The lack of available, qualified workers is an issue felt across manufacturing, including the precast concrete industry. And with the Baby Boomer generation – which represents the largest living adult population in the United States – continuing to head off into retirement, the numbers are not expected to get better anytime soon.
An analysis by Rex Nutting on MarketWatch.com predicts the U.S. supply of workers to shrink as low as 50,000 per month within the next decade. That’s down from around 390,000 right now. In Europe and East Asia, Nutting predicts a net negative in worker population.
Not all is bleak, though. Nutting offers six solutions that the U.S. government and employers can start on now to ease the strain in decades to come:
- Increase immigration. Legal immigration has been on the decline since 2017. That not only means fewer doctors, scientists and other high-skilled workers are coming to the United States, it means fewer farm hands and industry line workers. Increasing immigration helps to fill those gaps.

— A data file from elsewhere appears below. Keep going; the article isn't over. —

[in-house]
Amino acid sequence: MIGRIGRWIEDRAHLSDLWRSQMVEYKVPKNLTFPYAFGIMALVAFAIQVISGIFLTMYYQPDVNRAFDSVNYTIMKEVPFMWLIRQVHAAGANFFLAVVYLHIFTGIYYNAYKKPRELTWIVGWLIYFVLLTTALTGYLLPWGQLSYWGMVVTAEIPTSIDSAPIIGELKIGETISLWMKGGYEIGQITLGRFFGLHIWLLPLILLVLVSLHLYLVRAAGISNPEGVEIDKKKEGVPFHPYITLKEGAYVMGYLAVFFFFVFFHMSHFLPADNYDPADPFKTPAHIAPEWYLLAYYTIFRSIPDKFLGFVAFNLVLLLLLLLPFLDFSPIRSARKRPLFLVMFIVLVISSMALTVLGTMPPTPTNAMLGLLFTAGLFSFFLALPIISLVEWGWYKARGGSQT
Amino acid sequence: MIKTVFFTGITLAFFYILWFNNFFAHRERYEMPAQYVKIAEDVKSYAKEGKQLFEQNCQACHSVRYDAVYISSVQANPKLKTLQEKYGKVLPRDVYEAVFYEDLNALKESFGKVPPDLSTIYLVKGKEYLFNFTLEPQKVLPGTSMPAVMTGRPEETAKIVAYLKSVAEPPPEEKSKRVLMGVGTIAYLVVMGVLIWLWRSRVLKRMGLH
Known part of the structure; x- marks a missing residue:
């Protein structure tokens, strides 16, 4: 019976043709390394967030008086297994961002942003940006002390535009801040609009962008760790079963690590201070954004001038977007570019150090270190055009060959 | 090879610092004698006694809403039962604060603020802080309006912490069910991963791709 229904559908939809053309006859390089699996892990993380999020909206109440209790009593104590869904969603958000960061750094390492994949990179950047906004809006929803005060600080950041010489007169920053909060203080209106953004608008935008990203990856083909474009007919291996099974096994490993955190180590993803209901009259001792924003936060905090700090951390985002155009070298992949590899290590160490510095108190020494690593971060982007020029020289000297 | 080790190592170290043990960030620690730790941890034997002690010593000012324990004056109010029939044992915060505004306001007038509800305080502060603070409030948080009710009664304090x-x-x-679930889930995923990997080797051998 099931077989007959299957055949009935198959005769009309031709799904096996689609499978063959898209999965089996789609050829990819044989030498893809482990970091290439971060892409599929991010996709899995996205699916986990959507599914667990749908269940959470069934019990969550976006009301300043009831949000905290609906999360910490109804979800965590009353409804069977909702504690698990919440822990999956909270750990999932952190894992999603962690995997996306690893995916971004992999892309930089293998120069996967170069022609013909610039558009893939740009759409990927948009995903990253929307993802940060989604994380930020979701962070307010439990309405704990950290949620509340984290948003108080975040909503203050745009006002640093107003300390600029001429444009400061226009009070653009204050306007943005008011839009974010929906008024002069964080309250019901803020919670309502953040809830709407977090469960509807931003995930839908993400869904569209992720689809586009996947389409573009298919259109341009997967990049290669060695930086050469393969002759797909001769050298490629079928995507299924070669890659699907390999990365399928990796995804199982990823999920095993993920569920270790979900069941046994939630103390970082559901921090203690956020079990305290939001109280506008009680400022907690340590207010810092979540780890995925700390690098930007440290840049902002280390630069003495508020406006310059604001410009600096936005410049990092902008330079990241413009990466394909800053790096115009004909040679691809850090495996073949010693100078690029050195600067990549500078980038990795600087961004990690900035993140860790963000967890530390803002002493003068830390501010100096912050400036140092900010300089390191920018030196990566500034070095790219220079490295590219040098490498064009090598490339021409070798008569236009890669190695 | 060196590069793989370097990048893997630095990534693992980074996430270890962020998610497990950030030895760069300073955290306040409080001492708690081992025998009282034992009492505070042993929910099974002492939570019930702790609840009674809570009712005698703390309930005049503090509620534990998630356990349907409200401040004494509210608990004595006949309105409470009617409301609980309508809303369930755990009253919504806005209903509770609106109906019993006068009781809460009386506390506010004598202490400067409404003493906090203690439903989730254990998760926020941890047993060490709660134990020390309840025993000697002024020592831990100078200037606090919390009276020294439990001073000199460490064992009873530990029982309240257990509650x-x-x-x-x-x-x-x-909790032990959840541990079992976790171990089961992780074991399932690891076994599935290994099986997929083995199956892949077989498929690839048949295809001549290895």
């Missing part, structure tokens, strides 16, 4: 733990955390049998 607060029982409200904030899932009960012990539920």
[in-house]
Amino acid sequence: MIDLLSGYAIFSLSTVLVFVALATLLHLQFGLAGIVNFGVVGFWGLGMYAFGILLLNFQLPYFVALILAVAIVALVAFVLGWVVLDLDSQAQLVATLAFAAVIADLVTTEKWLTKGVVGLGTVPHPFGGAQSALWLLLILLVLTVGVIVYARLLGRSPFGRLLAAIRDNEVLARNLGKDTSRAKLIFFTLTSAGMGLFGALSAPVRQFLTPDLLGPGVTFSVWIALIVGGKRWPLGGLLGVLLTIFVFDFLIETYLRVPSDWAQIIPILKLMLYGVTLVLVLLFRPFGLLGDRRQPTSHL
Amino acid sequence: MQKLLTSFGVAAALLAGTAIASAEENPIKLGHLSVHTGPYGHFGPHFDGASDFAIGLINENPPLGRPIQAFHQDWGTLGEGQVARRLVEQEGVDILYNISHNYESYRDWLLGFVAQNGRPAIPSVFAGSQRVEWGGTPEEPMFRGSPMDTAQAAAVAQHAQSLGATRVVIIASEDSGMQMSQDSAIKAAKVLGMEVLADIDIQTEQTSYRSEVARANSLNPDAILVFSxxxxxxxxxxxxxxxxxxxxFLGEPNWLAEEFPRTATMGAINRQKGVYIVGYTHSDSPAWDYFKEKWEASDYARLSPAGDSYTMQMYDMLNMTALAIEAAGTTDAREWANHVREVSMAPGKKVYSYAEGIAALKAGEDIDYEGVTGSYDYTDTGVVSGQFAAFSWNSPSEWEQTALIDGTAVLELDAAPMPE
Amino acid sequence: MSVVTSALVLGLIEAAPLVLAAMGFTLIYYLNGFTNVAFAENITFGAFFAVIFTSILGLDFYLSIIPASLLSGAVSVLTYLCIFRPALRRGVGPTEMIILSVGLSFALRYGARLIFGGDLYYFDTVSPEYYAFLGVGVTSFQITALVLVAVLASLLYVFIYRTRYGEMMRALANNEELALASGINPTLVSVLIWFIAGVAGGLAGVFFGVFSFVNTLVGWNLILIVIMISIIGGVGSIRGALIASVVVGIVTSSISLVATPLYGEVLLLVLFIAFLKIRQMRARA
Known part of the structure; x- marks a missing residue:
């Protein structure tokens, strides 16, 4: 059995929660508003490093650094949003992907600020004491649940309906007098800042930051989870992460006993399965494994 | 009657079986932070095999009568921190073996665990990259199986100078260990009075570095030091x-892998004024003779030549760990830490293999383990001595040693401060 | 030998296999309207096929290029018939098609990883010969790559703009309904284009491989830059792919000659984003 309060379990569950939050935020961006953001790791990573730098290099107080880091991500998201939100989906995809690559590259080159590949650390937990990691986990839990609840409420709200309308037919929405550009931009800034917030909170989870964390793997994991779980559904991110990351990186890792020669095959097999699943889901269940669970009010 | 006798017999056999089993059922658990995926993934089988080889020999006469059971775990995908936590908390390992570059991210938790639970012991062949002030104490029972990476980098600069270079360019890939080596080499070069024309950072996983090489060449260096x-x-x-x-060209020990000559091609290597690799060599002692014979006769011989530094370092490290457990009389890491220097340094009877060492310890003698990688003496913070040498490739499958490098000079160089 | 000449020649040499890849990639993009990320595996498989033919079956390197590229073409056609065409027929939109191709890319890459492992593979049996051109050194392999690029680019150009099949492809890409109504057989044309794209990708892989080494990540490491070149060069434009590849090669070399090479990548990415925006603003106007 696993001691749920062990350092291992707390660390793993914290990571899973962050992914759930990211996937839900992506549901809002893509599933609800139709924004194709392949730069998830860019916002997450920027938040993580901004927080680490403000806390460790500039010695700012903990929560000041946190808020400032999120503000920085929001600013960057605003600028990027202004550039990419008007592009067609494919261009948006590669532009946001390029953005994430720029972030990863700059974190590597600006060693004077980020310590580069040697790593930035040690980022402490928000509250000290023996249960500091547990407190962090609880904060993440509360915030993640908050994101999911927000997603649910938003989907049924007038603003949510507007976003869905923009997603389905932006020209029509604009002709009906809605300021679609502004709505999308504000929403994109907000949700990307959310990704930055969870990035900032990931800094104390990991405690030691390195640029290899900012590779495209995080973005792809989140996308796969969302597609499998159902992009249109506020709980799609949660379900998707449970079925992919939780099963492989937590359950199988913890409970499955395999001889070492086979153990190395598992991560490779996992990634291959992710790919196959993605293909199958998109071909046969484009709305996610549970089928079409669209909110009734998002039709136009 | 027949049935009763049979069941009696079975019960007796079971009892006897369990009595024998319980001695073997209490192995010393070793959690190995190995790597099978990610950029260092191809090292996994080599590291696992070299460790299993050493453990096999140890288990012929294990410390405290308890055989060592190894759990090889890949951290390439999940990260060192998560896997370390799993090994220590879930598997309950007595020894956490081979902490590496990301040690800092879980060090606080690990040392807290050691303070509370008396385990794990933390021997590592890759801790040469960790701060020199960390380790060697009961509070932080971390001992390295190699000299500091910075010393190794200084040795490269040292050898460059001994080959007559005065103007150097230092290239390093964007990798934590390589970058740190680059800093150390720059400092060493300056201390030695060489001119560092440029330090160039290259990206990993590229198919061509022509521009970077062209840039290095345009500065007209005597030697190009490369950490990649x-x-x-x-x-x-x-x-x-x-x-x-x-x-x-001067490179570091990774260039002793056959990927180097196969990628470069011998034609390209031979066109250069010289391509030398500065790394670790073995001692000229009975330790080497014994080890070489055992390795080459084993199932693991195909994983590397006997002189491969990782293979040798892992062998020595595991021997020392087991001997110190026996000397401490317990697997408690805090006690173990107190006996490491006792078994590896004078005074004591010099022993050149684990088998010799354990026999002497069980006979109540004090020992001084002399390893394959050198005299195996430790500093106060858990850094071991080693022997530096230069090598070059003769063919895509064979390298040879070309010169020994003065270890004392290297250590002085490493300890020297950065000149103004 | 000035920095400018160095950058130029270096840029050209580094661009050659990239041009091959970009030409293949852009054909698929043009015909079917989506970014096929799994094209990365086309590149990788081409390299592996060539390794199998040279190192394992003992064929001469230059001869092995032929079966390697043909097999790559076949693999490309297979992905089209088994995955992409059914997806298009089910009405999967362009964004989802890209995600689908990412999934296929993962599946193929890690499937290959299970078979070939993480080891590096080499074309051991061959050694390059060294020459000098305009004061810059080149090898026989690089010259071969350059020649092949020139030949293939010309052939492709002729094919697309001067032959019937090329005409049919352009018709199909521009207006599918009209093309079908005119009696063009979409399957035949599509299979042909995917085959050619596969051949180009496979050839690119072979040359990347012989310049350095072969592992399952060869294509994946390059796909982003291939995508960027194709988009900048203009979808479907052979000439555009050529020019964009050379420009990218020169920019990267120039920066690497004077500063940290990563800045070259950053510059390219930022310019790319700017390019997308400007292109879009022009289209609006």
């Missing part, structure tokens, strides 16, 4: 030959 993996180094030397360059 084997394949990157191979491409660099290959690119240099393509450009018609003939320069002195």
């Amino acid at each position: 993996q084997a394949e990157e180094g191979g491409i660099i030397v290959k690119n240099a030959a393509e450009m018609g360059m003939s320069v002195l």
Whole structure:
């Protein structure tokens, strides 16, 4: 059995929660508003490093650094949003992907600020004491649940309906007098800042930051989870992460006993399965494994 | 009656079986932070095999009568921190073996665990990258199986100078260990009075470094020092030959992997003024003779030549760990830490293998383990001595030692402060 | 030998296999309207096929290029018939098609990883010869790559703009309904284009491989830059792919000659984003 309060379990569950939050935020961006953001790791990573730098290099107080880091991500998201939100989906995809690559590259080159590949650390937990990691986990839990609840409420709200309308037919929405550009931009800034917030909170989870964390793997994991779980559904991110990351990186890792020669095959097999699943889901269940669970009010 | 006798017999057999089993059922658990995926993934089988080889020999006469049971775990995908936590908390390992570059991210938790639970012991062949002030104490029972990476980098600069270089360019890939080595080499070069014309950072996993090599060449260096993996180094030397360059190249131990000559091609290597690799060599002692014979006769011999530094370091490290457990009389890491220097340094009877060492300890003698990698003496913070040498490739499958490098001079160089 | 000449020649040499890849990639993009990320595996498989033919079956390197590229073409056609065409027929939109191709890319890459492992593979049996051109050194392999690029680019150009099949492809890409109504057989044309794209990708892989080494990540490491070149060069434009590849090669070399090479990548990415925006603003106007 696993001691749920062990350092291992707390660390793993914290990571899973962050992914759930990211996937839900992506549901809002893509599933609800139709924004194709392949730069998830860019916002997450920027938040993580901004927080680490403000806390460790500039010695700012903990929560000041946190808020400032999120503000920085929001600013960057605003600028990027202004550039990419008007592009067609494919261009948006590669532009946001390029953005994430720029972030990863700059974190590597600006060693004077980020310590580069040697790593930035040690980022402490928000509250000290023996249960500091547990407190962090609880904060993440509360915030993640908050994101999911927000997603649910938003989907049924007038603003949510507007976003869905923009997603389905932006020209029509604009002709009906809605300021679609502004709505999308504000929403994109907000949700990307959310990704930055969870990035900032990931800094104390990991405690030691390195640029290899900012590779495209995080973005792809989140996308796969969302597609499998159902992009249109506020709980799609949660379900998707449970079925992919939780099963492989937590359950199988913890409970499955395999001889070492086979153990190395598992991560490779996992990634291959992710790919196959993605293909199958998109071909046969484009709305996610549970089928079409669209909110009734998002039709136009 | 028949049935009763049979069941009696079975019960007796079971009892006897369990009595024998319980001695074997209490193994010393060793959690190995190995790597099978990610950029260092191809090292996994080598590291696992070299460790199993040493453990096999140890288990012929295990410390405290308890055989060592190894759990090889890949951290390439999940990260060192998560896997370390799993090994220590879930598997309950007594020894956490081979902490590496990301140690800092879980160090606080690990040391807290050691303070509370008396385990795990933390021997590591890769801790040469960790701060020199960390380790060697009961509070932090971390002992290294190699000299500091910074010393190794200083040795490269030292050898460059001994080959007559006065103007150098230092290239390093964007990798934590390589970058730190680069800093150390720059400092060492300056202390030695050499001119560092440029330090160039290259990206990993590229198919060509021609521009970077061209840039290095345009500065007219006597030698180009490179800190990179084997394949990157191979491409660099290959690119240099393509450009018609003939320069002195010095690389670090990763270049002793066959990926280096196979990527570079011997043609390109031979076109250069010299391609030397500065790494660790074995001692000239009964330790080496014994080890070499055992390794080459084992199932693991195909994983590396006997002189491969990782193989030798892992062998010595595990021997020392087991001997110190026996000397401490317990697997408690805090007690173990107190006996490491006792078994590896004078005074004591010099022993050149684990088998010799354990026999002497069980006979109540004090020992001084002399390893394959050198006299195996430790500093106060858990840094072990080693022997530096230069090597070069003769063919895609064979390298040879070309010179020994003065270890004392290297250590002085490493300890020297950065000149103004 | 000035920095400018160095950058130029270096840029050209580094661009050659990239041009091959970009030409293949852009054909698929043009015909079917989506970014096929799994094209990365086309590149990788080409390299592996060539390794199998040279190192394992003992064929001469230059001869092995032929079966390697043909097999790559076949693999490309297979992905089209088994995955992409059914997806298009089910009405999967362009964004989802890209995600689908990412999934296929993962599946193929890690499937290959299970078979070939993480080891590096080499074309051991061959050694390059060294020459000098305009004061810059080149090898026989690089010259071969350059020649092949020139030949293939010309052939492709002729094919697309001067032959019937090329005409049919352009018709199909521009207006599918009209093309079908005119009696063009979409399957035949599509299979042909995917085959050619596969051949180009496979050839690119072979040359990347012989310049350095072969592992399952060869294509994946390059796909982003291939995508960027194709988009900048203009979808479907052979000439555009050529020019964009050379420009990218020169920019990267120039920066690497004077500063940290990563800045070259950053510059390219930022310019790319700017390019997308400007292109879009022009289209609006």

- Make work more attractive. Companies that actively strive to improved working conditions, increase wages and provide support for a better work-life balance are reporting fewer speed bumps when it comes to finding qualified workers. Industries that have increased stress and regulation on its workforce – such as teachers, child care workers and health care workers – are seeing record burnout.
- Make it easier for older people to work. Gen X is smaller in terms of population than the Boomers, but most Gen Xers have been working since their teenage years. They like to stay busy and engaged. Second careers that appeal to the Gen X population are a font of experience and knowledge for companies to tap into.
- Invest more in automation. Business investment is down overall in the United States. With fewer workers available, machines can make up for labor losses.
- Increase fair trade. Africa, Asia and Latin America are booming with a growing labor force. Globalization can tap into that youth.
- Change the culture of impatience. Not every store needs to be open 24/7. We all lived normal lives without same-day and next-day delivery. Maybe those are needless luxuries. Taking a step back in instant gratification could lift the tide for everyone.
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